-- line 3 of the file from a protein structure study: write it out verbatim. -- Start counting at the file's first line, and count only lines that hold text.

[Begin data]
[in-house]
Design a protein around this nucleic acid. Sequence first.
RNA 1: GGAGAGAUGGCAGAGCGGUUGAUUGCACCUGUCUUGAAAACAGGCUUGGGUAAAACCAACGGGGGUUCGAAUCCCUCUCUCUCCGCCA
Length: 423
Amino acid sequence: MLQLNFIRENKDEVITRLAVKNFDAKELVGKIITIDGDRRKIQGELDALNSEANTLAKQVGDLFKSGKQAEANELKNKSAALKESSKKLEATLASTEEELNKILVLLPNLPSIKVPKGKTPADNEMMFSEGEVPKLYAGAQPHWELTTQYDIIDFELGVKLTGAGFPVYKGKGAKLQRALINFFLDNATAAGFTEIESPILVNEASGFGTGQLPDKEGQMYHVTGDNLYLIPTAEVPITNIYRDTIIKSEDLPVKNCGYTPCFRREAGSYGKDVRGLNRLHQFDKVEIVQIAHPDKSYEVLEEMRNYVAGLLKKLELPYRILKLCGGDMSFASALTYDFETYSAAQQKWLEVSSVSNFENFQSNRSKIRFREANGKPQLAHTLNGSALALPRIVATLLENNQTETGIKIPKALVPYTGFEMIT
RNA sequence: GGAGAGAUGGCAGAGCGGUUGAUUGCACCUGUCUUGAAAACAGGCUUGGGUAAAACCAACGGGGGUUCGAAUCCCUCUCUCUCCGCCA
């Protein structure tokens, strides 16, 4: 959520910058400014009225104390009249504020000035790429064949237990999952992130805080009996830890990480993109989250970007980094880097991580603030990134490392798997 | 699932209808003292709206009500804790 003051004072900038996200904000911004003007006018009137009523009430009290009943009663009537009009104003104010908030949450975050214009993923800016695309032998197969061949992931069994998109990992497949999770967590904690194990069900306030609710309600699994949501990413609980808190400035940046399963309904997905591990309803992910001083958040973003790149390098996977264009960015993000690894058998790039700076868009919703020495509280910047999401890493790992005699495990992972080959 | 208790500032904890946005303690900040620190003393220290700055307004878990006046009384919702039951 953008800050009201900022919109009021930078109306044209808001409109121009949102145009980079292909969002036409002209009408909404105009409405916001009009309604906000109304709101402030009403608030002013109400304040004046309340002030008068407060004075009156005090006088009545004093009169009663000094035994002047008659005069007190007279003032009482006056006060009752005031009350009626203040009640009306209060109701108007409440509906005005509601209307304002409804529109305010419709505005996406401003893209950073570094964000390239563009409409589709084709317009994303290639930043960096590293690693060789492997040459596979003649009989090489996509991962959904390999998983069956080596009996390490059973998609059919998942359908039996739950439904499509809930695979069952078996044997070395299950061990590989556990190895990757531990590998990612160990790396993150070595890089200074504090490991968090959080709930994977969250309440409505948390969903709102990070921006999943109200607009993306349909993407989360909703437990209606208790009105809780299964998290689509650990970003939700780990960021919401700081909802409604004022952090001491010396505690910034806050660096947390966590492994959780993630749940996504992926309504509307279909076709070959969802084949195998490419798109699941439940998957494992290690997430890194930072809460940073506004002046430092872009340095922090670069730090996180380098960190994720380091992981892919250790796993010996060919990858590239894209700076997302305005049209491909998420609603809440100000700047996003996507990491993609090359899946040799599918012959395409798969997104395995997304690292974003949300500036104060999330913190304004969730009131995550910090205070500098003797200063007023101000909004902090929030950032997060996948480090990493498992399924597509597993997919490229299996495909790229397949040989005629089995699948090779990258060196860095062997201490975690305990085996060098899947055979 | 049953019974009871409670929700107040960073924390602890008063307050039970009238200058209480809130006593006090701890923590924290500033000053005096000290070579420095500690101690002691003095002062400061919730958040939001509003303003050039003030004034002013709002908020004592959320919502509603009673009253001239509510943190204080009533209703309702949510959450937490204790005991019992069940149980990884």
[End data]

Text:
RNA 1: GGAGAGAUGGCAGAGCGGUUGAUUGCACCUGUCUUGAAAACAGGCUUGGGUAAAACCAACGGGGGUUCGAAUCCCUCUCUCUCCGCCA